Keyboard that uses sonar to protect sensitive data


February 20, 2011

KSI's SonarLocID Keyboard uses sonar to monitor the presence of the user

KSI's SonarLocID Keyboard uses sonar to monitor the presence of the user

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While the simple act of logging off a workstation is an obvious way to protect sensitive data – like that used by healthcare providers, pharmacies, banks and government agencies – it is all too easy for users to forget and leave the data not only viewable, but also editable by anyone who happens to pass by. Custom keyboard supplier Key Source International (KSI) has developed a keyboard that does the remembering for you, logging out as soon as the user physically leaves the keyboard.

KSI's SonarLocID Keyboard uses sonar to monitor the presence of a user. When a logged in user physically steps away from the workstation – around a meter – it will then immediately log off the user who will be prompted to log back in when the sonar sensor detects that they – or someone else – has returned. The user can then log back into the system with a username/password, or via a proximity badge ID reader or fingerprint reader built into the keyboard.

The SonarLocID Keyboard connects to a PC via USB and can be configured via an included programming application that allows the user to program custom keystrokes as well as delays and a sequence to lock the computer when the user walks away. These user definable keystrokes, delays and settings aren't stored on the client or server, but rather stored in the keyboard's onboard flash memory. KSI also says the keyboard can be programmed to work seamlessly with most popular single sign on and web-based security applications.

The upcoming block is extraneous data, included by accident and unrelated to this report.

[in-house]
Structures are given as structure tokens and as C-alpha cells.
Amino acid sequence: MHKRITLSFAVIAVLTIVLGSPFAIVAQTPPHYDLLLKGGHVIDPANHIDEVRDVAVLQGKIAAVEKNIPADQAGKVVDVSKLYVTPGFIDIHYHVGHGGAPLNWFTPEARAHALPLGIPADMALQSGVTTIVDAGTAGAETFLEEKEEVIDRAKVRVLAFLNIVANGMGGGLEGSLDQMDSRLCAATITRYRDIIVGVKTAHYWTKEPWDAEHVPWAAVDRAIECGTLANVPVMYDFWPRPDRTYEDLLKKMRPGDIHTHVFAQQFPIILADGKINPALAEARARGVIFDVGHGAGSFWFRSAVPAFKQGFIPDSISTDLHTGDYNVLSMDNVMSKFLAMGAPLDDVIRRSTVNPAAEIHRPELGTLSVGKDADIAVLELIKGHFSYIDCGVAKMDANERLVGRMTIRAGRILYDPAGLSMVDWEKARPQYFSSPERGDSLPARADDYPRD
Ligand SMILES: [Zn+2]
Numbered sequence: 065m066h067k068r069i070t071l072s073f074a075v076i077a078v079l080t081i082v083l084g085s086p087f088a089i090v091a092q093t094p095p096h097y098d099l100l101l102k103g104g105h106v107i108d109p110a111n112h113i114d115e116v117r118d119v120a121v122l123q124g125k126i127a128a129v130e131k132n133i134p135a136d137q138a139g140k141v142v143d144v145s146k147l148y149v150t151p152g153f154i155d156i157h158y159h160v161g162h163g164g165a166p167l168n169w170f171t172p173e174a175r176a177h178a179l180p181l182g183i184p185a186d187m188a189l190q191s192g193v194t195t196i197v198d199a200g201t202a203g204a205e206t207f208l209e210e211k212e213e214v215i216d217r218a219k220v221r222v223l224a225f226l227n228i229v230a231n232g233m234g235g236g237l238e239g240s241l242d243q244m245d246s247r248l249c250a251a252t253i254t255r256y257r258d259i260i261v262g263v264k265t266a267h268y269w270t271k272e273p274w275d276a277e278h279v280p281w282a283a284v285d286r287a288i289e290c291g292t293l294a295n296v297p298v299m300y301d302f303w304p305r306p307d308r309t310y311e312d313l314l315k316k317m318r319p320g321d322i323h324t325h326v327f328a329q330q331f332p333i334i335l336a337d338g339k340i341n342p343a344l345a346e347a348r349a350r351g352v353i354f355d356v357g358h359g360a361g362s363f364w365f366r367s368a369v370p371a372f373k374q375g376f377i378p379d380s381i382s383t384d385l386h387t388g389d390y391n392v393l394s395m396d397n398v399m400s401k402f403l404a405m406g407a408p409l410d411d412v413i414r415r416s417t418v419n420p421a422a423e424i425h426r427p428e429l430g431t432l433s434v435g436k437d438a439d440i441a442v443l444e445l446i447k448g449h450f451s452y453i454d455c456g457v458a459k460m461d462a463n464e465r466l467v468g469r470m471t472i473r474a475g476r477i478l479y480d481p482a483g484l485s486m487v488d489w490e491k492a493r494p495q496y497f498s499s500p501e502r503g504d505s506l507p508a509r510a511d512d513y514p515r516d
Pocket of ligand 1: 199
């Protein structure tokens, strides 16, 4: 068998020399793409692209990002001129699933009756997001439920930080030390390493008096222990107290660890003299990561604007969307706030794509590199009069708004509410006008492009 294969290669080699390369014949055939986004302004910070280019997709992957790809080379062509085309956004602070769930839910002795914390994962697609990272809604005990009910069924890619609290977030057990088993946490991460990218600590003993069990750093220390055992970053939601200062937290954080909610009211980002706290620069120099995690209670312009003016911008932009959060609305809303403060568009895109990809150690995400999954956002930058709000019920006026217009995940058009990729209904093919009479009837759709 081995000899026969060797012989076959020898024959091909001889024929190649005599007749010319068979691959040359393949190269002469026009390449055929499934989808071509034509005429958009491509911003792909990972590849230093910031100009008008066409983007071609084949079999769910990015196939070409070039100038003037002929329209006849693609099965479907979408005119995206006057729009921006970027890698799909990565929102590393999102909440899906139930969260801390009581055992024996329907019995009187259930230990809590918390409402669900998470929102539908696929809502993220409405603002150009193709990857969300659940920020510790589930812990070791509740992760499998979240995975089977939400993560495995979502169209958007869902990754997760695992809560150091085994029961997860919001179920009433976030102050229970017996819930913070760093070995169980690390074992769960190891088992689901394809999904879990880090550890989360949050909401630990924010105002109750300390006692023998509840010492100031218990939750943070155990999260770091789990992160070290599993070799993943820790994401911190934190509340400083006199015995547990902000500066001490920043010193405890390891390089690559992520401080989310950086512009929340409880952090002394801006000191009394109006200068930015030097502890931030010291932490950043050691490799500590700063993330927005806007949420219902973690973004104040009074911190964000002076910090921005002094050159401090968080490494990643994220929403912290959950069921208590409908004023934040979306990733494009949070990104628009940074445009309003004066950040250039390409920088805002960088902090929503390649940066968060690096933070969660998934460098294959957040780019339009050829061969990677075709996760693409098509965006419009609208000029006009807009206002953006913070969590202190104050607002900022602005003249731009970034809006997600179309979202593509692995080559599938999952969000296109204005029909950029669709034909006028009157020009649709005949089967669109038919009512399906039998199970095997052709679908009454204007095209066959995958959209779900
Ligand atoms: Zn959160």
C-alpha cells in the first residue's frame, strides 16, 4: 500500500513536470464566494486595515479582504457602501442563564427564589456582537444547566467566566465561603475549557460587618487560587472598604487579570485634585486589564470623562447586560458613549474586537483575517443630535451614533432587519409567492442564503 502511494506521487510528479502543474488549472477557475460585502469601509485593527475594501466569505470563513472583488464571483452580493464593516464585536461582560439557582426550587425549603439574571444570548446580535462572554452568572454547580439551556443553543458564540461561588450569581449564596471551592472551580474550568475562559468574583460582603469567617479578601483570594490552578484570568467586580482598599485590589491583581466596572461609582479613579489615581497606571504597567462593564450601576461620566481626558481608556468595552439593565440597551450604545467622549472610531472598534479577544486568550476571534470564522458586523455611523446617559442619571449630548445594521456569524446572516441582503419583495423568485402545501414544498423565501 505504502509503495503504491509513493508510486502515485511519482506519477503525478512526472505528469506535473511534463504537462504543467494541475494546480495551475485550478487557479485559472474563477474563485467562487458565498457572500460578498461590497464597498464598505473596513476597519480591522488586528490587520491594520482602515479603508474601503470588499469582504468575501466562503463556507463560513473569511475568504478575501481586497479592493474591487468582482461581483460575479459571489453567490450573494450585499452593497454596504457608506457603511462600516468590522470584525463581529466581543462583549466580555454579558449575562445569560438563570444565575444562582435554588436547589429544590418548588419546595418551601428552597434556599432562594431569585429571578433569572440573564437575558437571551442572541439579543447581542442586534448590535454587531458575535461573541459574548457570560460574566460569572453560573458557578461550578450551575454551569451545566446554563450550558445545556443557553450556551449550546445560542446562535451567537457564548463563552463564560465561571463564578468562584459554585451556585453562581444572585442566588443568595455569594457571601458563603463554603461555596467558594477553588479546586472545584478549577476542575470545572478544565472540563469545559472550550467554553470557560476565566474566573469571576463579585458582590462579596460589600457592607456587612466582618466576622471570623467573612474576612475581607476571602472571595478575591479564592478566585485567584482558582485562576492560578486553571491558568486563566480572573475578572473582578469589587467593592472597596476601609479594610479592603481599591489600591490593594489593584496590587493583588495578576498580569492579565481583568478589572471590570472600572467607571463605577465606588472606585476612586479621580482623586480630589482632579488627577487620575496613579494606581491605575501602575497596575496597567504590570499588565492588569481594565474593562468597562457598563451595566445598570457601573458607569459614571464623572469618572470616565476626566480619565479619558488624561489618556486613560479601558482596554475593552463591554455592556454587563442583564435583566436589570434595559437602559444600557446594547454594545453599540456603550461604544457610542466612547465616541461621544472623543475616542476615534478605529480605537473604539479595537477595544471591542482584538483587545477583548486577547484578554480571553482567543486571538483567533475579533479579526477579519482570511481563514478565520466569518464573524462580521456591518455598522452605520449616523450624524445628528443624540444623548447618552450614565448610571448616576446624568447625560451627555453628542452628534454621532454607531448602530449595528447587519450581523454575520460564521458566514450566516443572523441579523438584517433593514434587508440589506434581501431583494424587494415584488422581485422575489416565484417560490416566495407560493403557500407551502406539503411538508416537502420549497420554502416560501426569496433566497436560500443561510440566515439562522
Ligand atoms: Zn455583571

KSI's biggest customer for the SonarLocID Keyboard is a major healthcare clinic in the Midwest U.S. but the device can be purchased in small quantities from Blue Star with a base unit price of US$159.

About the Author
Darren Quick Darren's love of technology started in primary school with a Nintendo Game & Watch Donkey Kong (still functioning) and a Commodore VIC 20 computer (not still functioning). In high school he upgraded to a 286 PC, and he's been following Moore's law ever since. This love of technology continued through a number of university courses and crappy jobs until 2008, when his interests found a home at Gizmag. All articles by Darren Quick
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